The Future Kitchen Is Urban Homesteading

Supermarkets have made farming big business and this has caused some serious concern about the journey our food goes on to get too our plate. With so many horror stories out there it’s very hard for us the consumer to trace the origins of our ingredients. This insecurity has created a surge in “urban homesteads” where people live a self-sufficient, low-impact life in the heart of the city.
Buying local produce has become hugely important for many. Vegetable box schemes are run on a local or regional basis, delivering food direct from the producer to the consumer. In 2007 this industry was worth in the UK an excess of £100 million per-annum. However, for many people this scheme is limiting because the contents are not ordered by the customer, but are selected by the box scheme provider on
the basis of seasonality and availability. Photo by Brian W Ferry
City Dwellers are opting away from pretty flower beds and choosing roof-top vegetable patches to window-box herb gardens. Lady watering her garden by Subaonet; This New York man demonstrates on Urban Organic Gardener how he has overcome his small living space by growing his vegetables on his fire escape. Fact is most people across the globe don't have large backyards and many of us use our balconies
for outdoor living. Photo from Mangalorean Recipes.
Sadly a supermarket tomato has declined in taste and the reason is commercialisation. The commercial grower has learned how to grow tomatoes which crop heavily and will travel well to the supermarket at the expense of taste. A homegrown tomato bursts with flavour and relatively easy to grow.  Photo by Gardeners Guide
Sustainability is important to the "Urban Homesteader" and are constantly looking for resourceful solutions for their family to have less impact to the environment. Photo by Michelle Anderson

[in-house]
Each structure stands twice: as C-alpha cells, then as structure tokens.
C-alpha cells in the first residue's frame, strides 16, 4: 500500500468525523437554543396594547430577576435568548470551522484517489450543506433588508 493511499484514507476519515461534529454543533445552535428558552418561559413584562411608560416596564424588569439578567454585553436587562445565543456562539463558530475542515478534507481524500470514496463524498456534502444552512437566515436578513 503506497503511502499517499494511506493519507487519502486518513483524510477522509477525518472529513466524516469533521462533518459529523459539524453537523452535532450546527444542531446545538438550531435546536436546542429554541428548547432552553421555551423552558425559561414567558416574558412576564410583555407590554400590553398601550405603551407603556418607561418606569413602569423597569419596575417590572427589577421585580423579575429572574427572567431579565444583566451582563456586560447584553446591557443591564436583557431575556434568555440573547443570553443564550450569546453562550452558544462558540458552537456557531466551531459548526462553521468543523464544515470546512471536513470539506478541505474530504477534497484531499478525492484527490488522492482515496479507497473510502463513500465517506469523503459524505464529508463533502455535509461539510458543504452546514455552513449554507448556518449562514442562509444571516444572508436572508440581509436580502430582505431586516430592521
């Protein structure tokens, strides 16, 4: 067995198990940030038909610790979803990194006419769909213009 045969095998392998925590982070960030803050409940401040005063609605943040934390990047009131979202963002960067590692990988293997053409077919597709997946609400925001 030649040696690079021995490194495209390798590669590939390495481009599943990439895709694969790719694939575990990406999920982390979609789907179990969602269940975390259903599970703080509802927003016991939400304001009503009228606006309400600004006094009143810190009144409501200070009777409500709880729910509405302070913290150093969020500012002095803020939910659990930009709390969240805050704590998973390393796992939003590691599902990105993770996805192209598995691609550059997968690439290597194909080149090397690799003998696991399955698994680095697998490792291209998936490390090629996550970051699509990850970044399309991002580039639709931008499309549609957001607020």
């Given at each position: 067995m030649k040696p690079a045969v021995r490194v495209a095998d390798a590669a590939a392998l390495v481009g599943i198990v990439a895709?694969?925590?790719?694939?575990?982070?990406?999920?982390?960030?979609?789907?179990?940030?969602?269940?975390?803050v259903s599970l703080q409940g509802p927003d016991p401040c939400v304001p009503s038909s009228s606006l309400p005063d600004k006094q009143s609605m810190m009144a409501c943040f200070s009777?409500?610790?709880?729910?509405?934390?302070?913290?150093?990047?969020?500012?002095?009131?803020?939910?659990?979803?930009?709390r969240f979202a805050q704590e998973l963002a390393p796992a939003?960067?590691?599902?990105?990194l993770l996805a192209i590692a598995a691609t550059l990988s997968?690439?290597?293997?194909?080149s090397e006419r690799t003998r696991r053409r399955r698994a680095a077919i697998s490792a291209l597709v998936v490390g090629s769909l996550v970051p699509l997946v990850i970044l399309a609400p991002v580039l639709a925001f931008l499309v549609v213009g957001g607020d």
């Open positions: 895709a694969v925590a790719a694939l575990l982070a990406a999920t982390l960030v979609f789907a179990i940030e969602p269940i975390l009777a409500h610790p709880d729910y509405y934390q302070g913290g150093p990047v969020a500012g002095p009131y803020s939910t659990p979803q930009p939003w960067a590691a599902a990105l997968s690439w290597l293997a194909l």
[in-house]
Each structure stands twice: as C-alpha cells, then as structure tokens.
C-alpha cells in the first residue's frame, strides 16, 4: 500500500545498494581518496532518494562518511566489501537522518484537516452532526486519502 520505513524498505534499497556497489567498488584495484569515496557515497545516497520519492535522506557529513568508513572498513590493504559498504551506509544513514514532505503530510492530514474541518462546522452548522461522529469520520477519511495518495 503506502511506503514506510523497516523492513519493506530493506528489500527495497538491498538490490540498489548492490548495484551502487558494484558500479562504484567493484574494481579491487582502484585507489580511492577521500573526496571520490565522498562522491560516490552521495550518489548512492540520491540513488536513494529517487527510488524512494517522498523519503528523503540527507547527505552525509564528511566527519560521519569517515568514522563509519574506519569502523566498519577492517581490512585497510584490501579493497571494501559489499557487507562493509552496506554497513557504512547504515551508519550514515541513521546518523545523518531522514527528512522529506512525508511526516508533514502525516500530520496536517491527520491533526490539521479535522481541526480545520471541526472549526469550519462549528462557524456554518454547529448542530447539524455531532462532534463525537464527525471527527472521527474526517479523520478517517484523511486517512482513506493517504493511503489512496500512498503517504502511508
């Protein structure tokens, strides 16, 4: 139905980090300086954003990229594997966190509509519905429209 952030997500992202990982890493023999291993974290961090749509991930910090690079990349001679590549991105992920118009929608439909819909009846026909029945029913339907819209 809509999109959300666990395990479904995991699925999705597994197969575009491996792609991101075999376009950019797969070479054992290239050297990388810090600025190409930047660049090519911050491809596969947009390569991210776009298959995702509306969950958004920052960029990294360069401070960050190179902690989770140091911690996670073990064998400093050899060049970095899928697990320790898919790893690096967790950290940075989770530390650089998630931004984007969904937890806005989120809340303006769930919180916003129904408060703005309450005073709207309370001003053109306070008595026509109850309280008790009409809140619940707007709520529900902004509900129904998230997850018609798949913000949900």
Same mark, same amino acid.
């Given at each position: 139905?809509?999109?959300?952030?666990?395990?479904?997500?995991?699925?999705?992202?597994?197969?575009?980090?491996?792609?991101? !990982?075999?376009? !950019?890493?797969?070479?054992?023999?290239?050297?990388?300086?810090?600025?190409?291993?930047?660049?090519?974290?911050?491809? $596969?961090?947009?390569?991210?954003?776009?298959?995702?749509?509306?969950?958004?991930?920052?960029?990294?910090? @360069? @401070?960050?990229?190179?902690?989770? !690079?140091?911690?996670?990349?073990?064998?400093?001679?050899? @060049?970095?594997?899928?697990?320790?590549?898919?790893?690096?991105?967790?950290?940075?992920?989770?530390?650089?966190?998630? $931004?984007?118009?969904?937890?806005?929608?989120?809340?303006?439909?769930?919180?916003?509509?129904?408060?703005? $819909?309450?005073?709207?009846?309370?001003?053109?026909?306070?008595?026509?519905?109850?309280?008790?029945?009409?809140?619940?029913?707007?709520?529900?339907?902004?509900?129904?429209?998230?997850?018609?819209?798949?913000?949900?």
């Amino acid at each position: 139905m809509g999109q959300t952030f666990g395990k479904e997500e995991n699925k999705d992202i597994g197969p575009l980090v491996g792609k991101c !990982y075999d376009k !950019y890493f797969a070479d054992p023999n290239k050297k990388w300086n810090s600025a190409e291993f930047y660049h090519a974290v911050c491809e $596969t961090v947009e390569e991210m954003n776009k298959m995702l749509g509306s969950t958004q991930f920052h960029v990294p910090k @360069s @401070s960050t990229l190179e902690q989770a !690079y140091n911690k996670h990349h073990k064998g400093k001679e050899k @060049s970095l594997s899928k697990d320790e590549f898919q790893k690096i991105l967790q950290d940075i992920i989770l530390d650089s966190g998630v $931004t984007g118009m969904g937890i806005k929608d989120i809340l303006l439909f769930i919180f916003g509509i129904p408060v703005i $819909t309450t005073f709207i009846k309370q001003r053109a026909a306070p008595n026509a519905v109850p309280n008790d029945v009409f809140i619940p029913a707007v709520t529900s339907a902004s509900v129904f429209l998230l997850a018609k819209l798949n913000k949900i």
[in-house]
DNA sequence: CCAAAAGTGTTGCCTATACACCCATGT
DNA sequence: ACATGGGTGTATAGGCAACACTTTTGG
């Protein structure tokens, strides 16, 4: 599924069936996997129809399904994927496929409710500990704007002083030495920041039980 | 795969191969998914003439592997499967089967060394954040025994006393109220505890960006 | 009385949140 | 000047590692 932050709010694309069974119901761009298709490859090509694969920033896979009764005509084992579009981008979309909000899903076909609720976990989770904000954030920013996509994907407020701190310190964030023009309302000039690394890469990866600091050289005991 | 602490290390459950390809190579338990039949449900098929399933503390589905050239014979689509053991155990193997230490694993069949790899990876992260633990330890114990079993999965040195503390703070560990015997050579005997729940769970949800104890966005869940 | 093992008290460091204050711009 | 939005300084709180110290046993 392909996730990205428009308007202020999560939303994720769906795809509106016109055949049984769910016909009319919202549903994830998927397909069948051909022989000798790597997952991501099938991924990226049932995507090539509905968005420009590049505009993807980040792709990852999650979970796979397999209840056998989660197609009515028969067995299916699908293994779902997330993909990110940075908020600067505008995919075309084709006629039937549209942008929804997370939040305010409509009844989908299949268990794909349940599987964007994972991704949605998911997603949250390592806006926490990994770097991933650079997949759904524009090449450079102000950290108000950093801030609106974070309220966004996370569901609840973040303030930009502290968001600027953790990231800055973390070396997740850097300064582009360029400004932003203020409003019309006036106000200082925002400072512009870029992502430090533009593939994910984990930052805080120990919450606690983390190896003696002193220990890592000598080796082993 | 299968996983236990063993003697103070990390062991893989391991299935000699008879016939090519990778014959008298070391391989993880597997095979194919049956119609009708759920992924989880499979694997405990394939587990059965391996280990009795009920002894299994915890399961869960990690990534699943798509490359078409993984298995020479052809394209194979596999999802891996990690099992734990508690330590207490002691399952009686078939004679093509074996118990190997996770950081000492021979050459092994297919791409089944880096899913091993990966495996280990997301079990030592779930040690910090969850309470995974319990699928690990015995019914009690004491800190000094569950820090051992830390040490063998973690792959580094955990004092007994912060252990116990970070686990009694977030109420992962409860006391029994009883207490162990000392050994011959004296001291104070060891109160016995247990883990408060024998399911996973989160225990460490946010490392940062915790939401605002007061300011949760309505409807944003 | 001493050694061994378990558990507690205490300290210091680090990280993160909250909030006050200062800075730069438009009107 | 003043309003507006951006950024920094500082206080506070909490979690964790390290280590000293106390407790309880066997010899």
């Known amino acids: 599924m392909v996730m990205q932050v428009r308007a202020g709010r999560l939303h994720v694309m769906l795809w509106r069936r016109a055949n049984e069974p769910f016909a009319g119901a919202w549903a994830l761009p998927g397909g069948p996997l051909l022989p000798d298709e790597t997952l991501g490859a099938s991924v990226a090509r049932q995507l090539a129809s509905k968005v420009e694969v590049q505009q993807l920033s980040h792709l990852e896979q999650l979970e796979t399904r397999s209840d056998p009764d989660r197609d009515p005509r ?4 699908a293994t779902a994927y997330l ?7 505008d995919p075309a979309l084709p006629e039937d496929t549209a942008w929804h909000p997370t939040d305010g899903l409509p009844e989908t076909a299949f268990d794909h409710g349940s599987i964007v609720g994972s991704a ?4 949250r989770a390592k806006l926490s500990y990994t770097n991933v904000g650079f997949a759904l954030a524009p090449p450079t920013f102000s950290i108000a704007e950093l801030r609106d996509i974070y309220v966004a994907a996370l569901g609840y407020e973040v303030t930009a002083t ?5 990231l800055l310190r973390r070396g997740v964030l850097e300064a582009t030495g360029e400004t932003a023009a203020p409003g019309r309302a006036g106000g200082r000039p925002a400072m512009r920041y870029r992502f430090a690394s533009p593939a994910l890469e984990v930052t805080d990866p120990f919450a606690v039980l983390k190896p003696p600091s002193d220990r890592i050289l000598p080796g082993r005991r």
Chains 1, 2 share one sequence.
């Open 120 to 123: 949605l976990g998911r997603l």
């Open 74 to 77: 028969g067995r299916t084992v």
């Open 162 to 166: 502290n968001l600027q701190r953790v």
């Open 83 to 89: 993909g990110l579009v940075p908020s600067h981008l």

Designers are becoming fascinated with urban farming and developing products including 'Cultivation Cabinets' - a cupboard in which young edible plants can be grown - such as the one by Bureau Marije van der Park and Maarten Kolk & Guss Kusters. By placing the process of growth into an interior product designers are encouraging us to bring vegetation back into our daily life.
Designers are looking at how we can preserve food without a refrigerator. Photo byAntipodese
Hot Japanese brand Billet inject beautiful basics into their range with canvas bags.

We are seeing popularity in the kitchen larder to store our food. Kitchen brand bulthaup included drawers in their b3 collection  to stock root vegetables that keep better in dark, cool spaces. "Observing the food and therefore changing the notion of food preservation, we could find the answer to current situations such as the overuse of energy and food wastage. My design is a tool to implement that knowledge in a tangible way and slowly it changes the bigger picture of society. I believe that once people are given a tool that triggers their minds and requires a mental effort to use it, new traditions and new rituals can be introduced into our culture," explains Jihyun Ryou who designed 
in 2009 products "Save Food From the Refrigerator".

Just like the popularity in people sharing photographs on the web of their home and fashion style people are snapping the vegetables they are growing and the food they are cooking. Popular food blogs are Sweet Paul, Oh Joy and my fiance's blog The Foodie. Photo by Molly Wizenberg.
The "urban farmer" does not only grow vegetables at home. It has become clear one of the large areas of cruelty is mass chicken farming which has affected the quality of the product. Photo of girl reading by (Ku)Nihito ; Egg photo by Abbey Powell
The local-food movement, in cities from Seattle to London have flocked to the idea of small-scale backyard chicken farming—mostly for eggs, not meat—as a way of taking part in home-grown agriculture. At Design Miami in 2008 German creative director Mike Meiré  designed the The Farm Project for luxury kitchen and bathroom brand Dornbracht, The Farm Project is based on a rustic farmhouse kitchen, in deliberate counterpoint to today’s ubiquitous minimalist look. Urban chickens are getting  sculptureally cool coops such as The Nogg by Matthew Hayward and Nadia Turan.